If your client chooses to take a line of credit from their reverse mortgage, they'll have an adjustable rate loan. Interest will not be charged until they draw on the line of credit, and they have the option of paying it down whenever they choose.

As with the lump sum option, your client doesn’t have to pay on the line of credit. But if they want to keep drawing funds out, they can make payments to give themselves that flexibility.

Market conditions can cause the interest rate to rise, making the loan balance grow more quickly. However, there are caps on the amount of interest a lender can charge. Be sure to ask the reverse mortgage lender about whether the interest rate adjusts monthly or annually and what the relevant caps are.

A few reverse mortgage interest rate terms to know

As you and your client shop around for rates, you’ll probably see these reverse mortgage-specific terms. Here’s what they mean:

  • Initial interest rate (IRR): This is your client's rate during the first month of an adjustable-rate reverse loan. It matters because it’s the basis for future rate fluctuations. This won’t apply if they're getting a fixed rate.
  • Expected interest rate (EIR): Your client's ERR anticipates their variable rate loan’s reverse mortgage rate in 10 years, using their IRR as a starting point. If they're getting a fixed rate, their EIR will be the same as their IRR.
  • Compounding rate: This rate combines the loan’s interest rate with the ongoing cost of your client's mortgage insurance premiums to measure their balance’s growth over time. (FHA mortgage insurance premiums add 0.5% of the loan amount each year and 2% upfront.)

Reverse mortgage interest rate FAQs

What is the current interest rate on reverse mortgages?
 
Reverse mortgage interest rates change frequently. According to the U.S. Department of Housing and Urban Development, average rates in mid-2021 are slightly lower than reverse mortgage interest rates in 2020.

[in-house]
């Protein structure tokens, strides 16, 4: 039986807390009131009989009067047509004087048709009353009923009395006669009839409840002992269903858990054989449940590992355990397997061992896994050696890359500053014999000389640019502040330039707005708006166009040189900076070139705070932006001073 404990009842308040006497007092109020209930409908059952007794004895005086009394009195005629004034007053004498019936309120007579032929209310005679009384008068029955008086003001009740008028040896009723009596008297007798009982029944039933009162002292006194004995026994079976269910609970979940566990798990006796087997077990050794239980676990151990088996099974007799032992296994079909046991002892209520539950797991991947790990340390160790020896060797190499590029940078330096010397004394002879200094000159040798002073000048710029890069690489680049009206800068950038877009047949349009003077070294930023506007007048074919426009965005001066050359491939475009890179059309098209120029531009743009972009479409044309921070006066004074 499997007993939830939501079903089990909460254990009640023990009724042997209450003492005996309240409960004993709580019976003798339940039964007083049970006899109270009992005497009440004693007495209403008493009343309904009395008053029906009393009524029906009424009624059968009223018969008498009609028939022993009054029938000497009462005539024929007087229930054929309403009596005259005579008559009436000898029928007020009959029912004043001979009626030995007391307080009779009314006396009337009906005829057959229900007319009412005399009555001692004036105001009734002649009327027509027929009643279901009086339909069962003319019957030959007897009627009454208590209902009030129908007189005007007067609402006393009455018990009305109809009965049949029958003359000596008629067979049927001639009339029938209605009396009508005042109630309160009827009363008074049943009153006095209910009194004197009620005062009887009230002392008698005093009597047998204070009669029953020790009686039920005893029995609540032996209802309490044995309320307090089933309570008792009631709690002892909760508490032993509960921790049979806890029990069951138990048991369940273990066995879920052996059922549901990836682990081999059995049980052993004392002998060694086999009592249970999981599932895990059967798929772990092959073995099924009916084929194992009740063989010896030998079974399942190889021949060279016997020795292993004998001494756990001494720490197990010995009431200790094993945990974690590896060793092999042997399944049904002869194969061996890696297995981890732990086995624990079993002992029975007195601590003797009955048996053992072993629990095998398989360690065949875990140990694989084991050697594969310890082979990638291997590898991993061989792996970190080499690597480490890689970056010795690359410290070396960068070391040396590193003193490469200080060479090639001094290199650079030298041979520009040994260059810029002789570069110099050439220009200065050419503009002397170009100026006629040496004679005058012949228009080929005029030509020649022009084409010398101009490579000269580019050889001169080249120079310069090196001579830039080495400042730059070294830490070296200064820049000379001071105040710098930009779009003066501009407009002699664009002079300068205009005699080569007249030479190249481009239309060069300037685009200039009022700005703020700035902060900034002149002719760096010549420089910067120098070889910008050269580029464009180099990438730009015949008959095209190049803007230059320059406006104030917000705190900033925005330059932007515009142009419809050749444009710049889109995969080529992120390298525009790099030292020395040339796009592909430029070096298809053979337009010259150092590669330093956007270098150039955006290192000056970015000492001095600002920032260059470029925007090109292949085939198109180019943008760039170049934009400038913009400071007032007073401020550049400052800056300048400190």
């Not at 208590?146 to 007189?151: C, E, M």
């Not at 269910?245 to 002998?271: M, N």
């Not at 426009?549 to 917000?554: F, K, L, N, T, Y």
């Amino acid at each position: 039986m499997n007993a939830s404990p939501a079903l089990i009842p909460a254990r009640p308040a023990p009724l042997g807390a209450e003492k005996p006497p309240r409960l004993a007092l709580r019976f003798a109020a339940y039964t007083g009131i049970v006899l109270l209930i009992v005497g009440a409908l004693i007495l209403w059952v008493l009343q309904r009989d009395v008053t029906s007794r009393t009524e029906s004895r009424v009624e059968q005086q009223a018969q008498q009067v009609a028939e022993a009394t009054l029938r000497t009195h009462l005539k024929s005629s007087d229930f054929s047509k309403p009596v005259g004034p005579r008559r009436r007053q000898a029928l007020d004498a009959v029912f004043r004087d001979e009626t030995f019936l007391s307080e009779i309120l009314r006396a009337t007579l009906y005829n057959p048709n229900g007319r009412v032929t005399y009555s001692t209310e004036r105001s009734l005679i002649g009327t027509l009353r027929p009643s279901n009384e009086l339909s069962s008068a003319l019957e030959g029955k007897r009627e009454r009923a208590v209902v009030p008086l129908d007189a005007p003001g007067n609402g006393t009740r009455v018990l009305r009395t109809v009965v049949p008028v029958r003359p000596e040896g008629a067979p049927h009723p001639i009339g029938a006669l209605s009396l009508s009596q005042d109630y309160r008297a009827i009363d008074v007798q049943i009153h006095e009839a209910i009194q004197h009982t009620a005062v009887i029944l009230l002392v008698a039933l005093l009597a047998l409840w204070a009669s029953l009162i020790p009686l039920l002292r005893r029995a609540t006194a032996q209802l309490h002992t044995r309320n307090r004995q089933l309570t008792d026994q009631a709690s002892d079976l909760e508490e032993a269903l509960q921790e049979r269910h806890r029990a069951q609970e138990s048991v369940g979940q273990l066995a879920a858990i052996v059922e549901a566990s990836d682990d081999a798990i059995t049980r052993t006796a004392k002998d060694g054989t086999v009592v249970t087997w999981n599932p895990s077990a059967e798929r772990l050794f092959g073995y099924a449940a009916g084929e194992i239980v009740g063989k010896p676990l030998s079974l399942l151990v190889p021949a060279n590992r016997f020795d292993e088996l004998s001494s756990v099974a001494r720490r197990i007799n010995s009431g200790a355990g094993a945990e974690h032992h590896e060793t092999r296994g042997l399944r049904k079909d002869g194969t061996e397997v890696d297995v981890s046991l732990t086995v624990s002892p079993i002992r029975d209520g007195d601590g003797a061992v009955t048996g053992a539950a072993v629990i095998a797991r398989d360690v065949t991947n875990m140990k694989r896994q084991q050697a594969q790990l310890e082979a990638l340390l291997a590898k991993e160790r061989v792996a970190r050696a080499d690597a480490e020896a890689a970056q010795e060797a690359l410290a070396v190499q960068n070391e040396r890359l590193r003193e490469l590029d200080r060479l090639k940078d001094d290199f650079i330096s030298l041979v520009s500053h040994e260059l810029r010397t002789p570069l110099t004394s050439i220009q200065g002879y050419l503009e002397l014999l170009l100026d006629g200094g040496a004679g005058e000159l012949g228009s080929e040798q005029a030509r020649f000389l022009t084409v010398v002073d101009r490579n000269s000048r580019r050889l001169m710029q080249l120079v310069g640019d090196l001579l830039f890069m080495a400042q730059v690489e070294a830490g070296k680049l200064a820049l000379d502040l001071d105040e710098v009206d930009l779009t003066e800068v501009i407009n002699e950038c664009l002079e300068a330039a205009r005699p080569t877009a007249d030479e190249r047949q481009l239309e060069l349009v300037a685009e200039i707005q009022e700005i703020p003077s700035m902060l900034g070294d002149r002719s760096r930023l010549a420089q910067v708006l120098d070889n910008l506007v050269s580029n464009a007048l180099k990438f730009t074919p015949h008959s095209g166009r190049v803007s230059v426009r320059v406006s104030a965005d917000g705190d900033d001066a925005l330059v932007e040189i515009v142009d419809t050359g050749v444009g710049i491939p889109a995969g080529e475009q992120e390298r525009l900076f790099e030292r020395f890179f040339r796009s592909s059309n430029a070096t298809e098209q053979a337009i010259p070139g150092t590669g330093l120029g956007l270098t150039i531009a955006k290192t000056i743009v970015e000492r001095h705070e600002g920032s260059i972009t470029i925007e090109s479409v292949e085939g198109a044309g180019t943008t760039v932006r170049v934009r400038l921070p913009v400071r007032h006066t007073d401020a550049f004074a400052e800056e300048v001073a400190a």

What is the downside of a reverse mortgage?
 
With a reverse mortgage, interest charges and fees accumulate on the principal balance, which means the home equity decreases over time. Your client can offset these costs by making payments, but they are not obligated to.


Monthly reverse mortgage payments are optional; the full loan balance comes due when the last borrower dies or moves out of the home.

Even though your client won't have to make a monthly mortgage payment, they will need to continue paying property taxes and homeowners insurance premiums. They'll also have to keep up with regular maintenance and repairs on the property.

What are the closing costs on a reverse mortgage?
 
Closing costs are typically 2-5% of the loan, but exact amounts depend on your client's particular situation. HECMs include a 2% upfront mortgage insurance fee, and lenders can charge an origination fee, though HUD caps the latter at $6,000. Closing costs also include appraisal fees, legal fees, and other expenses.

Learn more

Reverse mortgage interest rates may seem like secondary thoughts since borrowers don’t have to worry about managing monthly payments on the principal and interest, and only need to stay current with their taxes, insurance, and maintenance.

But interest rates significantly impact the total loan balance your client and their heirs will need to pay off when they leave the home.

 

Fairway is not affiliated with any government agencies. These materials are not from HUD or FHA and were not approved by HUD or a government agency. Reverse mortgage borrowers are required to obtain an eligibility certificate by receiving counseling sessions with a HUD-approved agency. The youngest borrower must be at least 62 years old. Monthly reverse mortgage advances may affect eligibility for some other programs. This is not an offer to enter into an agreement. Not all customers will qualify. Information, rates and programs are subject to change without notice. All products are subject to credit and property approval. Other restrictions and limitations may apply. Equal Housing Opportunity.

Some references sourced within this article have not been prepared by Fairway and are distributed for educational purposes only. The information is not guaranteed to be accurate and may not entirely represent the opinions of Fairway.

Based on research from leading reverse mortgage professionals Harlan Accola and Dan Hultquist

This article does not constitute tax or financial advice. Please consult a tax and/or financial advisor regarding your specific situation.

Fairway Independent Mortgage Corporation is a NAIFA partner.